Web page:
• Seniors in need of housekeeping services such as cleaning and grocery shopping 
  • Seniors in the early stages of memory impairment 

Get to Know the Homecare Aide

While you certainly do not need to become “best of friends” with a homecare aide working for your parent, you should get to know that individual on a professional and friendly level. In fact, becoming chums with the person hired to provide professional assistance on behalf of your mother likely is not a good course. A professional relationship in which you come to know the homecare aide in a friendly manner is appropriate and advisable. 

By developing an appropriately friendly relationship with a homecare aide, the benefits associated with hiring this type of professional to assist your parent are likely to be optimized. When a relationship with a homecare aide is professional, strong and friendly, these benefits are likely to be enhanced in turn:

  • By hiring a home health aide, seniors are able to live in comfort and safety at home longer or indefinitely. 
  • Home health aides will give seniors peace of mind, knowing that someone is there with them to help if they need it. 
  • Activities of daily living can be supported at home with home care services.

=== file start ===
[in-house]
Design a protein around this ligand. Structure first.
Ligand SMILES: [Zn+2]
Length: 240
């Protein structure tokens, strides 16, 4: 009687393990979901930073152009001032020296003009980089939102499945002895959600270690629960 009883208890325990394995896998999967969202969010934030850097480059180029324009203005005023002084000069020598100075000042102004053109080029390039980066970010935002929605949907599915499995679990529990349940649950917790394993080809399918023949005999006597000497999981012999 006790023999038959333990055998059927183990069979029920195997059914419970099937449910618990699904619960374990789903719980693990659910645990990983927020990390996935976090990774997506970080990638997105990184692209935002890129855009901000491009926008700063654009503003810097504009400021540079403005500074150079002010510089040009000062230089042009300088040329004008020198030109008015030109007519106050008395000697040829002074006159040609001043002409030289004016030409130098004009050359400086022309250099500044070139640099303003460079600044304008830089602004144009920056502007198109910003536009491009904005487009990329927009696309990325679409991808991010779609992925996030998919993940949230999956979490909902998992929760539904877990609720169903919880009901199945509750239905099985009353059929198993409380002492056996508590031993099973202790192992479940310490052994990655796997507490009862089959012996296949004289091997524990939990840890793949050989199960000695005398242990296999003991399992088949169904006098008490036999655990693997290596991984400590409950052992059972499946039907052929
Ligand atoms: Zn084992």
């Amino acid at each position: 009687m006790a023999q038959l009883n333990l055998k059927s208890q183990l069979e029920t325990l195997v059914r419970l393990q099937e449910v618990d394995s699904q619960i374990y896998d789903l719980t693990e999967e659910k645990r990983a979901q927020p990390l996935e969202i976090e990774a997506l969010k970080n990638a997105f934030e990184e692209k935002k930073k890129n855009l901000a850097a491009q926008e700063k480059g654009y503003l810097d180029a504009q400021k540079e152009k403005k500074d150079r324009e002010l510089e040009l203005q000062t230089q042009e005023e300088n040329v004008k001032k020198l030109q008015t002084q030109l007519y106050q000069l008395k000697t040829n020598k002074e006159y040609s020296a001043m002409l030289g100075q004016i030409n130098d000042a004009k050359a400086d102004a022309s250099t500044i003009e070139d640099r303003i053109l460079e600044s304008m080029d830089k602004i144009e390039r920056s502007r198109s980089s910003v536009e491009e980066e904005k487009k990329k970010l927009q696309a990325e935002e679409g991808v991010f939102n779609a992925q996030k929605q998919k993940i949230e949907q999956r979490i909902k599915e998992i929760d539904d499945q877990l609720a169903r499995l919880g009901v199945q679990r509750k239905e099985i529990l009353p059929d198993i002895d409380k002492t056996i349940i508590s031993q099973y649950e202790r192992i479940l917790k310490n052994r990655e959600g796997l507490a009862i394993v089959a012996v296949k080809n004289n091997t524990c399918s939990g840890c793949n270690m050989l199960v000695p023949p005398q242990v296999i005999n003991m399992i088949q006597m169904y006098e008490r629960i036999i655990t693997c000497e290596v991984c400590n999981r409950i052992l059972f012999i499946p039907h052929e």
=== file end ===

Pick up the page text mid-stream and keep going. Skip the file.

• A home health aide can ensure that a person is eating well and eating enough. 
  • Home health aides also provide companionship. 
  • A home health aide can also help with keeping the home environment hygienic and safe by doing light chores like doing the dishes and vacuuming.
  • If more extensive medical care is needed, some home health aides can provide these services to ensure that seniors are well taken care of and receiving their treatments.
  • Home health care is also typically more affordable than a facility or hospital care. 

Communicate With the Homecare Provider

Communication is a crucial part of creating a beneficial partnership between you and the homecare aide engaged to provide assistance to your parent. Communication with an in-home care provider should be direct, respectful, and regular. Examples of how you can enhance communication with a homecare aide include the following tactics: